The Great Pretender

Ben Smith at Politico in reviewing a rare non-anonymous memo emanating from Chicago states that “Obama campaign manager David Plouffe lays out the case for, essentially, Obama as frontrunner.” As they say in Bug Tussle, Tennessee “Don’t that beat all?”

Audacity has crossed the line into hubris and delusion.

This souffle from Plouffe concedes Hillary’s popularity with the electorate. According to the memo Hillary “will and should lead just about every national poll from now until the Iowa caucuses.” And in a hilarity inducing finish Plouffe adds “Expect nothing different and attach no significance to it.” This should really encourage Obama supporters.

Politico’s Smith quickly punctures this conveyance of Chicago hot air:

“Then Plouffe cites early polling in the 1980, 1988, 1992, and 2004 cycles that had Carter, Dukakis, Clinton, and Kerry well behind their Democratic primary rivals.”

“The 1980 Carter-Kennedy race seems a bit special here — an unpopular president, and a Kennedy. But the other years were races without either an incumbent or a sitting or former vice president — a “quasi-incumbent.” Plouffe doesn’t cite Mondale in 1984, Clinton in 1996, or Gore in 2000 — incumbents or near-incumbents who dominated their primaries from start to finish. That’s the model Hillary wants to follow, and there’s an argument that this year is more like those, that the candidates are so well-known that the early polling does matter.”

Polling of course is always subject to change because the numbers reflect people and people can and do change. What ultimately matters is the quality of the candidate and the quality of the candidate’s policies and organization. Hillary of course has proven her mettle in the debates and in a lifetime of public service. The electorate rewards her with a consistent and significant lead in the polls. In contrast, the Obama campaign is the gang that couldn’t shoot straight. Typically, the Obama campaign counters the reality of Hillary’s consistently competent campaign with the promise of a future “robust” campaign .

The ludicrous memo from the Obama campaign, while decrying the validity of early polls, are you ready, cites “general election polling” to claim that Obama will be the strongest candidate in November 2008. So, polls 7 months from the primaries are to be ignored (because they show Obama as a loser), but, polls 15 months out are valid (because of the audacity of hope). Does someone review these memos before they are released? Is consistent logic too much to be expected?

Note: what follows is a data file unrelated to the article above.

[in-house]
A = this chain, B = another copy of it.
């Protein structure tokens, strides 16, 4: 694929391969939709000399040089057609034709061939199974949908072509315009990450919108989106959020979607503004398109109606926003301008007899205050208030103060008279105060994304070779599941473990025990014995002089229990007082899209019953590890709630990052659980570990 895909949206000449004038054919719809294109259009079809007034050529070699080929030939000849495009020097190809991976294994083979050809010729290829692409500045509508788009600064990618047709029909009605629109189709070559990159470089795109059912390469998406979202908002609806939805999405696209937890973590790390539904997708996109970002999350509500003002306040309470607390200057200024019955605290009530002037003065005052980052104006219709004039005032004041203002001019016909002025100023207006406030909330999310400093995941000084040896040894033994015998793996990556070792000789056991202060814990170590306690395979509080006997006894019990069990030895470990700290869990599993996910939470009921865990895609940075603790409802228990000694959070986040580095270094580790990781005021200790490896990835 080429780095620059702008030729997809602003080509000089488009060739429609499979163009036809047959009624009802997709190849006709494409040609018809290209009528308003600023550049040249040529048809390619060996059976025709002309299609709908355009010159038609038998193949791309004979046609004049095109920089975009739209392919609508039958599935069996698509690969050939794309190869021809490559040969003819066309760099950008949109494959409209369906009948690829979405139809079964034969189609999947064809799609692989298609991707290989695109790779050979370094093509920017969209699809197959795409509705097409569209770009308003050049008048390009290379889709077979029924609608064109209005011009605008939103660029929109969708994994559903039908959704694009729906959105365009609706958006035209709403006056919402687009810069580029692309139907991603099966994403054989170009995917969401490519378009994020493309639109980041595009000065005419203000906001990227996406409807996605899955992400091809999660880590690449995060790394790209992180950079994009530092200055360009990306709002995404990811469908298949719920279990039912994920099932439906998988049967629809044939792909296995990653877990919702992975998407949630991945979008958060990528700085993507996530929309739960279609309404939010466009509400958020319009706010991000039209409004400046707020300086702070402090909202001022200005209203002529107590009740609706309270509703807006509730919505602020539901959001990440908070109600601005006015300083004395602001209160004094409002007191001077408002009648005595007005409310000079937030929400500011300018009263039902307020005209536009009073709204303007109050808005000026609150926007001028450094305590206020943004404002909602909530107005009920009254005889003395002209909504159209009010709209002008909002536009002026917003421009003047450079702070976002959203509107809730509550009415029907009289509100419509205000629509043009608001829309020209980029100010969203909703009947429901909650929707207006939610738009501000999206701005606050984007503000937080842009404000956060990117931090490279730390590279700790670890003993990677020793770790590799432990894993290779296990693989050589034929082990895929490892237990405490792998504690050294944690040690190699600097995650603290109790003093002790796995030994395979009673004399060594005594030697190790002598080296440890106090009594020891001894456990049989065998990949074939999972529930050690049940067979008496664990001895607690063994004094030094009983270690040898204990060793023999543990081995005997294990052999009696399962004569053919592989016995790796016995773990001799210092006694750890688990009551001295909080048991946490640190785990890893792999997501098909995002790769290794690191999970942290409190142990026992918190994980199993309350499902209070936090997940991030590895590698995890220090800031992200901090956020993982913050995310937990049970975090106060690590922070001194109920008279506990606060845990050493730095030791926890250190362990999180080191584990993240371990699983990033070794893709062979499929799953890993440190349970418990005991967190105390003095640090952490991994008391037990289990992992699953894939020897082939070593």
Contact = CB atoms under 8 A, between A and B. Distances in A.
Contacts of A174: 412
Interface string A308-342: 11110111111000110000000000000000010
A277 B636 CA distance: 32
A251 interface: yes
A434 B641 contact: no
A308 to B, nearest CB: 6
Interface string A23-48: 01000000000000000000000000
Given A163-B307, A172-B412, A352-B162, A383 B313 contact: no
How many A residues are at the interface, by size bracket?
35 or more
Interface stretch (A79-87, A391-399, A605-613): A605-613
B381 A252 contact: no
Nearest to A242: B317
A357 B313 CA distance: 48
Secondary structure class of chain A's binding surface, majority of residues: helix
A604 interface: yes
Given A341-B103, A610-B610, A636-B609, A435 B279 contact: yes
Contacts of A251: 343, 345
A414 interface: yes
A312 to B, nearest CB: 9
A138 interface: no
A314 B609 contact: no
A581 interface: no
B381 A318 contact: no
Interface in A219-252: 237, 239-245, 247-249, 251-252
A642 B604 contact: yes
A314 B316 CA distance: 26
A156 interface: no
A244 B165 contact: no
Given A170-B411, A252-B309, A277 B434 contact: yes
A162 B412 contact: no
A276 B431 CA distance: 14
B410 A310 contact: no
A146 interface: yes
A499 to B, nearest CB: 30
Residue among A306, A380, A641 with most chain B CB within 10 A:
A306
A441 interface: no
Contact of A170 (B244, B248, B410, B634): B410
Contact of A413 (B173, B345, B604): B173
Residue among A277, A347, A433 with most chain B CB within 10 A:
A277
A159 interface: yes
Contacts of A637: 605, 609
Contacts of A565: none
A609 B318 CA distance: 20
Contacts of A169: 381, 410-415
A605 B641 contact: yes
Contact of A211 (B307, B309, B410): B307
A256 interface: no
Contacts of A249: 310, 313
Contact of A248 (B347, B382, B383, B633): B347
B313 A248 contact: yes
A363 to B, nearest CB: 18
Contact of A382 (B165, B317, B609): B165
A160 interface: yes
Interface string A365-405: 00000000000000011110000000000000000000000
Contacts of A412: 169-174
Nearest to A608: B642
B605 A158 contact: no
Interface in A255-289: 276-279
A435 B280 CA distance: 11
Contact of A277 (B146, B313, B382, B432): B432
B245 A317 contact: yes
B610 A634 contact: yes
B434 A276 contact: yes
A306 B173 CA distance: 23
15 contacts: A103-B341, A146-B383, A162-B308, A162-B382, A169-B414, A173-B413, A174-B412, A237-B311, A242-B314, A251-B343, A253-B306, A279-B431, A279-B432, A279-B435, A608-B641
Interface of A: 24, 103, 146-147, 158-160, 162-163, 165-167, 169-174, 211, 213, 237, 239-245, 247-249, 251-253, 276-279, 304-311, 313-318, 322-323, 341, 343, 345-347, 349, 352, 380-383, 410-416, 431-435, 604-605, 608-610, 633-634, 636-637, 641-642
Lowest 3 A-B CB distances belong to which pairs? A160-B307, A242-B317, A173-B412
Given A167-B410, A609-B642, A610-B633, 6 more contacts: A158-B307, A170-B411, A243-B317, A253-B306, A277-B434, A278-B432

Never have so few made so much from so little.

Several weeks ago we had some fun selecting Campaign Songs for opposing candidates. We might have to select an additional song for Obama. After all, anyone who pretends to be doing so well deserves something for his efforts.

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4 thoughts on “The Great Pretender

  1. I love the ending of the post. The pretender. Yep, I agree. Obama’s donations are coming from appearances across the country, where thousand of people show up and donate small amounts. Pretty clever, I’ll say. Hillary may want to adopt this strategy.

    Great Post.

  2. He’s repulsive. Right wing creep.

    However, the article has some very good analysis.

    He debunks souffle’s analysis of the Lieberman polls by citing that at most Lieberman was at 24% while Hillary is in the mid 30s or 40s. Here’s some other good stuff:

    “And here we have the problem for Obama: While many people are thrilled by the prospect of a revolutionary presidential candidate, it’s not most people – not even most liberals.

    In the end, except in rare circumstances, presidential candidates are the ones who seem like the safest choices. Voters are instinctively “conservative” even when they’re liberal. This is truer in the general election than it is in primaries, but time and again voters have followed this pattern in primaries as well.

    Hillary Clinton’s greatest problem as a candidate was precisely that she was a potentially revolutionary figure – the first female president, as well as a liberal icon who would shift things to the left.

    Now she’s the establishment candidate of the Democratic Party – a “semi-incumbent,” in Plouffe’s words. With Obama as the first serious black candidate, her standing as the first serious female candidate seems far less revolutionary. And with him running to her left, she is well-positioned as the more moderate choice.

    Obama and his partisans will need to tread carefully here. If they try to caricature Hillary as Bush in a dress, they’re going to suffer for it. It’s a ridiculous conceit, so divorced from reality that it will give her easy ammunition both to demonstrate her liberal credentials and to seem the victim of over-aggressive negative campaigning.

    No matter how much money Obama raises or how much enthusiasm he generates, Hillary is still going to have to stumble for him to catch up to her. That’s the advantage of being a front-runner. Many candidates stumble. But some don’t. And so far, Hillary doesn’t seem like a stumbler.”

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